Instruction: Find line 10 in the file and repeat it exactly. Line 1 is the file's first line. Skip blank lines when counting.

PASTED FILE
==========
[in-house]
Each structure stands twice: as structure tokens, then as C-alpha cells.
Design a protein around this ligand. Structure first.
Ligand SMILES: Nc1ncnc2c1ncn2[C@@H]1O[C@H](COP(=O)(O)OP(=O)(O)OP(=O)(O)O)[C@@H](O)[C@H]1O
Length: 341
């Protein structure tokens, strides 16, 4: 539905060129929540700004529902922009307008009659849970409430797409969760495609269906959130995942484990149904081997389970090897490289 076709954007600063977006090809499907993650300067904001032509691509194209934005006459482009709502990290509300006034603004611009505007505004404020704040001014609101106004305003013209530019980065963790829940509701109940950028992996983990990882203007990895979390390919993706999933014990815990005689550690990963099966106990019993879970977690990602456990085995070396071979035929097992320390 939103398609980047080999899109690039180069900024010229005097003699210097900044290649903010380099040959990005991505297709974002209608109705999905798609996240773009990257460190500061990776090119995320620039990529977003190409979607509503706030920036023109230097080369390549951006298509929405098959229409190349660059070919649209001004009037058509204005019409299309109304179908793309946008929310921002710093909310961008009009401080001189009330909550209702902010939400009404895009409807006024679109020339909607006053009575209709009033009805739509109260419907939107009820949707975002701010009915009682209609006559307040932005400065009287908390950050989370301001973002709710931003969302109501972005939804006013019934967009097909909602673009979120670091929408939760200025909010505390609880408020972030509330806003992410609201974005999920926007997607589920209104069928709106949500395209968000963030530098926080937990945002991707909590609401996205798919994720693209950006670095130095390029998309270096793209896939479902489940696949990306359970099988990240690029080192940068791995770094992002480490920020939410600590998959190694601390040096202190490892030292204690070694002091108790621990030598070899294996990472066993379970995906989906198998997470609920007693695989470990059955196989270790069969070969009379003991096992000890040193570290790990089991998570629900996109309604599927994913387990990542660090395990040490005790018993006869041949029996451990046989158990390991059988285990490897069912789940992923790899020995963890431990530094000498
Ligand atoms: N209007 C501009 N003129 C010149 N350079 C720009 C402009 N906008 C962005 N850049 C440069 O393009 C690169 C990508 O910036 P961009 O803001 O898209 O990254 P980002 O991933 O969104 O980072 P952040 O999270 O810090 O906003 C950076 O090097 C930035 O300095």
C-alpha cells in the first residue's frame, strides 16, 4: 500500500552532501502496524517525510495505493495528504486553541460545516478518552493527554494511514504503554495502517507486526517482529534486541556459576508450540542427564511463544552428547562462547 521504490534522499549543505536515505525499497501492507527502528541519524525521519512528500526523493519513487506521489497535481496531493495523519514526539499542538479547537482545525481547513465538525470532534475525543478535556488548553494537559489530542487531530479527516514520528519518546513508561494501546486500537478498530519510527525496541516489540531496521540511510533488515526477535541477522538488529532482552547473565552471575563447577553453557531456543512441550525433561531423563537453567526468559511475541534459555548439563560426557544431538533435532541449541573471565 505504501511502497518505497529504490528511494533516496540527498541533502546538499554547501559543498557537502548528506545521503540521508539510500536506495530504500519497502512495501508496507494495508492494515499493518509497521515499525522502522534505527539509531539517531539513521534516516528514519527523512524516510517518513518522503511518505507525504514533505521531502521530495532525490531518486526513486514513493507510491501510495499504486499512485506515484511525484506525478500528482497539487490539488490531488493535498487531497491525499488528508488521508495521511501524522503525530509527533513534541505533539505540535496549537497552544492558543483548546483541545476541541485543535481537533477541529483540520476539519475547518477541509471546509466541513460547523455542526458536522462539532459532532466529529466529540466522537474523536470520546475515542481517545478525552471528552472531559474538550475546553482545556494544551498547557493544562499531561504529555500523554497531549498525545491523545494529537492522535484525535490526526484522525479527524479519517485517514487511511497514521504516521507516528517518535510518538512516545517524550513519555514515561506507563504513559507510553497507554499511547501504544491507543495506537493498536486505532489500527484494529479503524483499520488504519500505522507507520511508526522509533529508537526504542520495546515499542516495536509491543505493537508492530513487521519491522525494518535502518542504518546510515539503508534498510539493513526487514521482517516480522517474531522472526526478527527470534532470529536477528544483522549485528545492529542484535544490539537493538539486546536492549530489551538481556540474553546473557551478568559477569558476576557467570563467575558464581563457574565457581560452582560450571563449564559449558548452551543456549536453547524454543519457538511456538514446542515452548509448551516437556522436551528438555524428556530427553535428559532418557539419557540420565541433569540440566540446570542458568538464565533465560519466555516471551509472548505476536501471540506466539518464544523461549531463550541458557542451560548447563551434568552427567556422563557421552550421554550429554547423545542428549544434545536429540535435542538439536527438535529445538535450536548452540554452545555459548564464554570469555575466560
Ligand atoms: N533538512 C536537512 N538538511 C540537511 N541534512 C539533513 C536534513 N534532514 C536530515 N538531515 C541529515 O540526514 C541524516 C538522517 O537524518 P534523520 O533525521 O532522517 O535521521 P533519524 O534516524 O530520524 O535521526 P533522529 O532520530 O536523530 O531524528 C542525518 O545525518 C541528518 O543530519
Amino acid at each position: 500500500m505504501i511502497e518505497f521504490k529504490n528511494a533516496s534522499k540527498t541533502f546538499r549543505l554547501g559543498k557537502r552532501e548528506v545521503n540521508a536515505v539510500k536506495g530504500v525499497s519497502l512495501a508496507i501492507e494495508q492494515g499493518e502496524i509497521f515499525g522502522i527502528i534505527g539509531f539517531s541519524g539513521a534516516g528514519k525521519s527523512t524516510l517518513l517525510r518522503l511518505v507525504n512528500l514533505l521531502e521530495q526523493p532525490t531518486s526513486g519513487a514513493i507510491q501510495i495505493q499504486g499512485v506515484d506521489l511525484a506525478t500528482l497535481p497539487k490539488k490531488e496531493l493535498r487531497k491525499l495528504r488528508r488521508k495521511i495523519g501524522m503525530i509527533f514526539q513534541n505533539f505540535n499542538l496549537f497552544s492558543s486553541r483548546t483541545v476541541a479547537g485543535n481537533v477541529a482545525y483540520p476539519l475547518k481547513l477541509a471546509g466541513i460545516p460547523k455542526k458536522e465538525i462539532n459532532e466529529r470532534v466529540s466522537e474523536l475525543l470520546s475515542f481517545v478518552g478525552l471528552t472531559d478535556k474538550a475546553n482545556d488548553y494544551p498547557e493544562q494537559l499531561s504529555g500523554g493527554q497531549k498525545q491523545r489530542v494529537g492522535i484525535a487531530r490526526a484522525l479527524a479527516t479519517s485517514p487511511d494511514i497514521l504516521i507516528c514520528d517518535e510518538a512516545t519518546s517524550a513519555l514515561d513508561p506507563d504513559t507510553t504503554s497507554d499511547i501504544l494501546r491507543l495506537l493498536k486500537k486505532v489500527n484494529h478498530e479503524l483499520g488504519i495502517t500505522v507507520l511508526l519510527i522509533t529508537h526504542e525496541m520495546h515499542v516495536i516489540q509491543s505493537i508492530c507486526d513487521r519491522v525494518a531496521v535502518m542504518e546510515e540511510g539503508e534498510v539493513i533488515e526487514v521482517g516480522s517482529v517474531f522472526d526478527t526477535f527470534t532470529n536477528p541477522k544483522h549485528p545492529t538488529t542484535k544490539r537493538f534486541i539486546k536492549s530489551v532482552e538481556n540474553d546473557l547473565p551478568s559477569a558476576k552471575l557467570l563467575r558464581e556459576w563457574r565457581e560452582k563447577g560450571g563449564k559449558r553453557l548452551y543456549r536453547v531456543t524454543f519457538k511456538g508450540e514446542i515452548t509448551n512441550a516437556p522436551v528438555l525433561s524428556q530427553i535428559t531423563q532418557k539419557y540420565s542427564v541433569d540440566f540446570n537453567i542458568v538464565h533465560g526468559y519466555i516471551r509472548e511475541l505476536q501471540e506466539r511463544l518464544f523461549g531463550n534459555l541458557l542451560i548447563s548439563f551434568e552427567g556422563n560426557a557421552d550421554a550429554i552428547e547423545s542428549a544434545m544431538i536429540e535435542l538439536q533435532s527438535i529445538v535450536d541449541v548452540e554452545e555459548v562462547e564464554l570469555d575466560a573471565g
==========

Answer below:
Amino acid at each position: 500500500m505504501i511502497e518505497f521504490k529504490n528511494a533516496s534522499k540527498t541533502f546538499r549543505l554547501g559543498k557537502r552532501e548528506v545521503n540521508a536515505v539510500k536506495g530504500v525499497s519497502l512495501a508496507i501492507e494495508q492494515g499493518e502496524i509497521f515499525g522502522i527502528i534505527g539509531f539517531s541519524g539513521a534516516g528514519k525521519s527523512t524516510l517518513l517525510r518522503l511518505v507525504n512528500l514533505l521531502e521530495q526523493p532525490t531518486s526513486g519513487a514513493i507510491q501510495i495505493q499504486g499512485v506515484d506521489l511525484a506525478t500528482l497535481p497539487k490539488k490531488e496531493l493535498r487531497k491525499l495528504r488528508r488521508k495521511i495523519g501524522m503525530i509527533f514526539q513534541n505533539f505540535n499542538l496549537f497552544s492558543s486553541r483548546t483541545v476541541a479547537g485543535n481537533v477541529a482545525y483540520p476539519l475547518k481547513l477541509a471546509g466541513i460545516p460547523k455542526k458536522e465538525i462539532n459532532e466529529r470532534v466529540s466522537e474523536l475525543l470520546s475515542f481517545v478518552g478525552l471528552t472531559d478535556k474538550a475546553n482545556d488548553y494544551p498547557e493544562q494537559l499531561s504529555g500523554g493527554q497531549k498525545q491523545r489530542v494529537g492522535i484525535a487531530r490526526a484522525l479527524a479527516t479519517s485517514p487511511d494511514i497514521l504516521i507516528c514520528d517518535e510518538a512516545t519518546s517524550a513519555l514515561d513508561p506507563d504513559t507510553t504503554s497507554d499511547i501504544l494501546r491507543l495506537l493498536k486500537k486505532v489500527n484494529h478498530e479503524l483499520g488504519i495502517t500505522v507507520l511508526l519510527i522509533t529508537h526504542e525496541m520495546h515499542v516495536i516489540q509491543s505493537i508492530c507486526d513487521r519491522v525494518a531496521v535502518m542504518e546510515e540511510g539503508e534498510v539493513i533488515e526487514v521482517g516480522s517482529v517474531f522472526d526478527t526477535f527470534t532470529n536477528p541477522k544483522h549485528p545492529t538488529t542484535k544490539r537493538f534486541i539486546k536492549s530489551v532482552e538481556n540474553d546473557l547473565p551478568s559477569a558476576k552471575l557467570l563467575r558464581e556459576w563457574r565457581e560452582k563447577g560450571g563449564k559449558r553453557l548452551y543456549r536453547v531456543t524454543f519457538k511456538g508450540e514446542i515452548t509448551n512441550a516437556p522436551v528438555l525433561s524428556q530427553i535428559t531423563q532418557k539419557y540420565s542427564v541433569d540440566f540446570n537453567i542458568v538464565h533465560g526468559y519466555i516471551r509472548e511475541l505476536q501471540e506466539r511463544l518464544f523461549g531463550n534459555l541458557l542451560i548447563s548439563f551434568e552427567g556422563n560426557a557421552d550421554a550429554i552428547e547423545s542428549a544434545m544431538i536429540e535435542l538439536q533435532s527438535i529445538v535450536d541449541v548452540e554452545e555459548v562462547e564464554l570469555d575466560a573471565g